Career Profile

Kate Brooks completed her PhD in Astrophysics at UNSW in 2000

Currently I am living in Santiago, Chile, and working as an astronomer for the European Southern Observatory (ESO). A large part of my time is spent working as a support astronomer at the La Silla Observatory, situated in the southern extremity of the Atacama Desert at an altitude of 2400m. Here the skies are free of any light pollution and are less affected by the earth's turbulent atmosphere. The dry stable weather conditions also means clouds are rarely seen. There are more than a dozen telescopes in operation at La Silla, creating a dynamic and stimulating work environment. Observers from all over the world arrive on a daily basis to carry out their scheduled observations and the telescopes are regularly equipped with new state-of-the-art instruments and software control systems.

As a support astronomer it is my job to ensure that all the observing programs for a particular night are executed successfully. The programs can range from observations of nearby planets in our solar system to some of the most distant objects identified in our Universe. Observing time on all world-class telescopes is high in demand. Astronomers must first convince the astronomy community that there project is cutting edge science before they can be allocated any telescope time. Therefore it is important that on the night the project is scheduled everything at the telescope functions perfectly. If a problem happens during the night the support astronomers and engineers must work fast to unsure the minimum amount of precious observing time is lost. Every minute counts.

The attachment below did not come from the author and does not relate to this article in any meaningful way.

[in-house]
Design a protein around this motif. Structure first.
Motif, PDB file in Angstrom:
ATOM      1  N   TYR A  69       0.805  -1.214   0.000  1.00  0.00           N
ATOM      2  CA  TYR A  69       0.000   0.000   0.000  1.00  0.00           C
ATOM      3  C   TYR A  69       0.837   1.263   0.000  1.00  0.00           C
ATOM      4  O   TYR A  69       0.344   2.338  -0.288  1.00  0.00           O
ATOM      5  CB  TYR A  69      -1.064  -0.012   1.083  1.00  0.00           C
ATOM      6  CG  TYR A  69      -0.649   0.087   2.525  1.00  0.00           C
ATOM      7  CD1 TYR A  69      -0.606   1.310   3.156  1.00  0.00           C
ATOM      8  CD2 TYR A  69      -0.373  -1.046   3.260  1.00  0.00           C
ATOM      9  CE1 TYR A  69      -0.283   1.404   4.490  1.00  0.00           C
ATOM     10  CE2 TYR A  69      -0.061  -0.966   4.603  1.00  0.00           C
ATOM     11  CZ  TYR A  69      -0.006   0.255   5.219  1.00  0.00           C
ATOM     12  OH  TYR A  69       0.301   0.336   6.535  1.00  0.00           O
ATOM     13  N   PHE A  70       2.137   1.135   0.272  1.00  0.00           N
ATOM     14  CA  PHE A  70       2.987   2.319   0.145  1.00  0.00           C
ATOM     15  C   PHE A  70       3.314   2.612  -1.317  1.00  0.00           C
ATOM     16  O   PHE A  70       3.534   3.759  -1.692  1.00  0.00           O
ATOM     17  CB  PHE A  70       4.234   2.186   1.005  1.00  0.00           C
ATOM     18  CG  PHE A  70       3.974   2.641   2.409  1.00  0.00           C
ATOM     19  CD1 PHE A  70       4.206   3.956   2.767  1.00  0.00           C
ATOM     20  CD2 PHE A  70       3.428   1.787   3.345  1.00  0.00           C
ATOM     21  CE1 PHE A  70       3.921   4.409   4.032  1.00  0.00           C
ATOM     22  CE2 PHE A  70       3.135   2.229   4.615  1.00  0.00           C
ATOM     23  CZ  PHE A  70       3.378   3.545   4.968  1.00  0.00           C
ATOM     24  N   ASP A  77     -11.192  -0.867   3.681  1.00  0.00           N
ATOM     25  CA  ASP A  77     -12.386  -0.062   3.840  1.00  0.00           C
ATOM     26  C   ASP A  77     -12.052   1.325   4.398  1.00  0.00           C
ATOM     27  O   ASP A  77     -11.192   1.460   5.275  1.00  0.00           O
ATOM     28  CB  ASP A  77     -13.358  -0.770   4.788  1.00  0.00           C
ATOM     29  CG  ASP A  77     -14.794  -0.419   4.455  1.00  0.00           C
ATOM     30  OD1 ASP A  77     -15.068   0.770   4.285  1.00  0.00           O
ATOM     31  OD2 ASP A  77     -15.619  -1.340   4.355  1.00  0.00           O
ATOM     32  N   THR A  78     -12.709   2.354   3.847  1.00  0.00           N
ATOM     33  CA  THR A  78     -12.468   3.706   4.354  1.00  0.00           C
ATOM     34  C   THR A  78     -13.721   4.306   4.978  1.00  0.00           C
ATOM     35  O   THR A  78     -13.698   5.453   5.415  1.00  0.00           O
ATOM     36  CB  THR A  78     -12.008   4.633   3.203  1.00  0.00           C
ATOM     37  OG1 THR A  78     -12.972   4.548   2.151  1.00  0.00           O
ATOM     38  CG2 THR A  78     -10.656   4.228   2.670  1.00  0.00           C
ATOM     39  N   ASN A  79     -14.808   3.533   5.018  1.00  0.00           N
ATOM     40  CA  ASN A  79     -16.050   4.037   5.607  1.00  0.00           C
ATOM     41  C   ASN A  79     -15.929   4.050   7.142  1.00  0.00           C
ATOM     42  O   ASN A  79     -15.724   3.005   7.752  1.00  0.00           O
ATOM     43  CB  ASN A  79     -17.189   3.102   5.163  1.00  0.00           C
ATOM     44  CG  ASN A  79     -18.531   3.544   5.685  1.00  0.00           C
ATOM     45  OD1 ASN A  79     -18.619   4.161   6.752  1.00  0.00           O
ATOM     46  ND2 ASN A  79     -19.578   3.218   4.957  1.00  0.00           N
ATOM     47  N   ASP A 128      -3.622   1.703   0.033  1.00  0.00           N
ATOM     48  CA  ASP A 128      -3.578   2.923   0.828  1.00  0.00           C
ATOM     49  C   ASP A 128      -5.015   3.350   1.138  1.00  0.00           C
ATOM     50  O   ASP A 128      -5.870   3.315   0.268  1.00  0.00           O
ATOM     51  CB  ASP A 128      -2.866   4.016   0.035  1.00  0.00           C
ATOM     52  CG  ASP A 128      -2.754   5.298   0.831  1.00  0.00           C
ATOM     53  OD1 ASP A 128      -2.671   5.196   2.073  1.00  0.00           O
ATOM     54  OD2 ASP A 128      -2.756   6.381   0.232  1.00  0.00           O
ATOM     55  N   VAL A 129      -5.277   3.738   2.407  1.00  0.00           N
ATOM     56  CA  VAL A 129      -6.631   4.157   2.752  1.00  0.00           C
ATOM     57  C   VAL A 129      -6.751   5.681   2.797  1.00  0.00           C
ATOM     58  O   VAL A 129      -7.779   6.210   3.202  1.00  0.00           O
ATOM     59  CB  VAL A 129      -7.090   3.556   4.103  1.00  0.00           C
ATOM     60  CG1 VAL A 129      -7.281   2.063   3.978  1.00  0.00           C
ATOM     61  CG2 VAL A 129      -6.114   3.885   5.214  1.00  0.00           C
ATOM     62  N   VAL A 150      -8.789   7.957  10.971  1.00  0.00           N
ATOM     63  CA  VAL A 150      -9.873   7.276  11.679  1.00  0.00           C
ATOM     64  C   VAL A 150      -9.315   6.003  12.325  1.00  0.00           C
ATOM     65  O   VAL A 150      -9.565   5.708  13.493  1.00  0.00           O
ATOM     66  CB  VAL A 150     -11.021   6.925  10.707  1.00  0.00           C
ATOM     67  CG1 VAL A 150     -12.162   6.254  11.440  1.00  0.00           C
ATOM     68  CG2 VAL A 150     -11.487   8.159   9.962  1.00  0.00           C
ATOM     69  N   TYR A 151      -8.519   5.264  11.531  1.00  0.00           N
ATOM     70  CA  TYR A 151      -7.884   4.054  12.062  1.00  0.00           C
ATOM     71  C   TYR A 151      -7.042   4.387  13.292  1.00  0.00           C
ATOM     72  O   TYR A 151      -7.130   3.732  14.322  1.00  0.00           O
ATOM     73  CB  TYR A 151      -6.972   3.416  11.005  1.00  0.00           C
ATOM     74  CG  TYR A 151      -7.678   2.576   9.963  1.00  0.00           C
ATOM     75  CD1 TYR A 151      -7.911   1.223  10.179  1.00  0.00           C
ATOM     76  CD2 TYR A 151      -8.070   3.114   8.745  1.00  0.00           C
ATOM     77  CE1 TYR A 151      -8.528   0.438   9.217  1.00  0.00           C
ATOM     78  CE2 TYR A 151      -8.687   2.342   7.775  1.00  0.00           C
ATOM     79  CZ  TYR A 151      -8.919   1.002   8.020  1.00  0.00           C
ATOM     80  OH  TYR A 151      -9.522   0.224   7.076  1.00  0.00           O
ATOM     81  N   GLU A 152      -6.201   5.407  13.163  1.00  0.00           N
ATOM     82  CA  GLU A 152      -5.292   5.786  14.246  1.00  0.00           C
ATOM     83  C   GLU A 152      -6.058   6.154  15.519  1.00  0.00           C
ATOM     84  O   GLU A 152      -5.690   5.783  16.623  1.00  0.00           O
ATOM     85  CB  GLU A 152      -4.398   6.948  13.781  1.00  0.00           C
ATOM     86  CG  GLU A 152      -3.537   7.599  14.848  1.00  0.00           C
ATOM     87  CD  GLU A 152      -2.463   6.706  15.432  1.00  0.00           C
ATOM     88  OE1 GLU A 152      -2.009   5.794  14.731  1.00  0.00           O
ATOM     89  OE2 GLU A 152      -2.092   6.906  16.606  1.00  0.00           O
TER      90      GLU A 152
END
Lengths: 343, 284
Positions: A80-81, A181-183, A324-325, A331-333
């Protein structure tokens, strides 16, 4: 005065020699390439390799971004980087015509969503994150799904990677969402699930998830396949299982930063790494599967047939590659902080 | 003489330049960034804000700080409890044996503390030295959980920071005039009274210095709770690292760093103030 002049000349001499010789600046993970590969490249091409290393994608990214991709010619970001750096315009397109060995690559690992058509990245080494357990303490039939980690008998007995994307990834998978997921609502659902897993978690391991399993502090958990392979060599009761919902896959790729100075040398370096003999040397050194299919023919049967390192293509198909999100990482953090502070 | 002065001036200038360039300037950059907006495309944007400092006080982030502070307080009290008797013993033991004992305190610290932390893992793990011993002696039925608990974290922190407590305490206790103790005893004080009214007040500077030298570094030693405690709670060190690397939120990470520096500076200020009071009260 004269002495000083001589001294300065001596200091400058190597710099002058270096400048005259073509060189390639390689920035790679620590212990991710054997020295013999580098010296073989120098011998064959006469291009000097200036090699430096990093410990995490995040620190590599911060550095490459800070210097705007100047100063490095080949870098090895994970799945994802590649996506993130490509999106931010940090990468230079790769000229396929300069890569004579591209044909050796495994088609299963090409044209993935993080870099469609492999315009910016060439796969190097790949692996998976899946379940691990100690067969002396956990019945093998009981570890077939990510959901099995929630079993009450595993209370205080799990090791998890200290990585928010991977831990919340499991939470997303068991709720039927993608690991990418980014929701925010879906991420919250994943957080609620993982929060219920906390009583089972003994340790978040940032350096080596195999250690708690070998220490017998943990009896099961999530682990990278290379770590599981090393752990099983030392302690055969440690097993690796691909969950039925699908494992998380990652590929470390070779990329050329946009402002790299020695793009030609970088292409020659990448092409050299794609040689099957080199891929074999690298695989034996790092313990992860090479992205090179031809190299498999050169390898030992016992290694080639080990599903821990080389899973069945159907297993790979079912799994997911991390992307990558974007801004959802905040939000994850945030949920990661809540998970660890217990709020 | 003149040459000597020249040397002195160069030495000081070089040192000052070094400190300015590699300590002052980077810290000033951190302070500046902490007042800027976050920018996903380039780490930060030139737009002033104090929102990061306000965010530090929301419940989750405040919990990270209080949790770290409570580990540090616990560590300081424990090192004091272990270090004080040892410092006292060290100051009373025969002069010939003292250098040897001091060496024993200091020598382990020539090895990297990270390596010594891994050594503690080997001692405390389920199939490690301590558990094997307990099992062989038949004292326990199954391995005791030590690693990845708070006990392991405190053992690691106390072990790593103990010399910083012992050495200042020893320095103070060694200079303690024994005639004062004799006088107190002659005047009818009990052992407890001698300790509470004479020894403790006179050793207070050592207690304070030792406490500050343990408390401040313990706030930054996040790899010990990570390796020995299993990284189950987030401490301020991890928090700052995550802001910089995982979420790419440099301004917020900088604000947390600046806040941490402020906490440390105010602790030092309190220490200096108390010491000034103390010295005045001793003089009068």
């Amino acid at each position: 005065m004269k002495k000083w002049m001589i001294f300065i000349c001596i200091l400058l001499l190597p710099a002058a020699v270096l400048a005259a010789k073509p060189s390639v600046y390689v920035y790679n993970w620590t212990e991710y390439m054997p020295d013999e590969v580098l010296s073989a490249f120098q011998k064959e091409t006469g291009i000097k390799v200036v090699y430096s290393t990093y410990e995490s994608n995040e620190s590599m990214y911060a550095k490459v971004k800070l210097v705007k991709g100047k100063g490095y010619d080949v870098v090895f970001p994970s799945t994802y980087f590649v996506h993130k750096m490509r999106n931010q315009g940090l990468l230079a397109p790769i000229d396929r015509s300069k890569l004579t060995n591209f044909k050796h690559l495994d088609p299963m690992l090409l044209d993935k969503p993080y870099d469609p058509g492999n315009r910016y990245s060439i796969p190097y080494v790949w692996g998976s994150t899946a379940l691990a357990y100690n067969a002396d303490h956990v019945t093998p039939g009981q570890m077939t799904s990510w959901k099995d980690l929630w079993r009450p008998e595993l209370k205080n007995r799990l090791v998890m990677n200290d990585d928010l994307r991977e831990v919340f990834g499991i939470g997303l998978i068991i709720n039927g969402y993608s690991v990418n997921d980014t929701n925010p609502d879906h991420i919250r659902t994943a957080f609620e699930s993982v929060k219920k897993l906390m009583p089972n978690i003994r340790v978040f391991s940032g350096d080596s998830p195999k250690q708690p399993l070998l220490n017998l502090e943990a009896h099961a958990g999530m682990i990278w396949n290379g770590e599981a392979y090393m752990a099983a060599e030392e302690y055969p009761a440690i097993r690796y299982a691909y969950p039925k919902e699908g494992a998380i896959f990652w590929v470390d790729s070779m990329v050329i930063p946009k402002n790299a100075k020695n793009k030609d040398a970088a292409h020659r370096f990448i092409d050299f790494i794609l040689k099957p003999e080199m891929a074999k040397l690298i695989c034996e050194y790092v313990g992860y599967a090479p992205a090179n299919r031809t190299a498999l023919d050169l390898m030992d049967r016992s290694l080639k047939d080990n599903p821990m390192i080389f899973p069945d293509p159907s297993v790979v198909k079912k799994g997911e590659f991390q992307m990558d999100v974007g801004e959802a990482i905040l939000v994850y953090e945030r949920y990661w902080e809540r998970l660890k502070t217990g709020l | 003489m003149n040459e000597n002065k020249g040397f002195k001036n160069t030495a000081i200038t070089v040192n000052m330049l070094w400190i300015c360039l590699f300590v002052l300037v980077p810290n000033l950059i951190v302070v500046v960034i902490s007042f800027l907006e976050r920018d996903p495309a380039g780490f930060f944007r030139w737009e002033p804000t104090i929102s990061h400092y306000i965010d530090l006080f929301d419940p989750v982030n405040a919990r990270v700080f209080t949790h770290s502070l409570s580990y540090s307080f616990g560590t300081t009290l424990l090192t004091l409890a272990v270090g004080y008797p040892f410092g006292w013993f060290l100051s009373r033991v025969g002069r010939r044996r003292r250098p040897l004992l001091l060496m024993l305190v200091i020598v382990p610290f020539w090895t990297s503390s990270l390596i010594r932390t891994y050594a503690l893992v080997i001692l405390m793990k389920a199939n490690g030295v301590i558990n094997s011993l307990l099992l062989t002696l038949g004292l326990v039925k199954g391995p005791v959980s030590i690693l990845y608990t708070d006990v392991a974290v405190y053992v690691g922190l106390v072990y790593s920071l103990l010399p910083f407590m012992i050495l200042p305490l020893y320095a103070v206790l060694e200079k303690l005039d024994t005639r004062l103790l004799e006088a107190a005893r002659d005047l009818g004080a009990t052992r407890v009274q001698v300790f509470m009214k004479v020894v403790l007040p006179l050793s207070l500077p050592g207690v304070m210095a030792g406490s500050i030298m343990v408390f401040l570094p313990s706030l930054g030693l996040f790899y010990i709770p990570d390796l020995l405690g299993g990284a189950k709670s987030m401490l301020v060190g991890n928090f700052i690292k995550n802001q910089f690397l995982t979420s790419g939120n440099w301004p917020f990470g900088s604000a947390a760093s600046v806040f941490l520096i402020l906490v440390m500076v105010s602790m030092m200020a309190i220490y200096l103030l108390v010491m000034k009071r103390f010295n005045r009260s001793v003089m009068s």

When I am not at the observatory I have the opportunity to pursue my own research interests in the field of massive stars (stars greater than 10 times the mass of our Sun). This work is equally exciting as being at La Silla and involves observing with telescopes all over the world and presenting the results at international conferences.

The experience I gained from completing a Physics degree at UNSW has proved invaluable for my job at ESO. The UNSW School of Physics is actively involved in the development of astronomical instrumentation for telescopes in both Australia and Antarctica. This provides the prefect backdrop for getting "hands on" experience whilst studying for  a first-rate research project in astrophysics.

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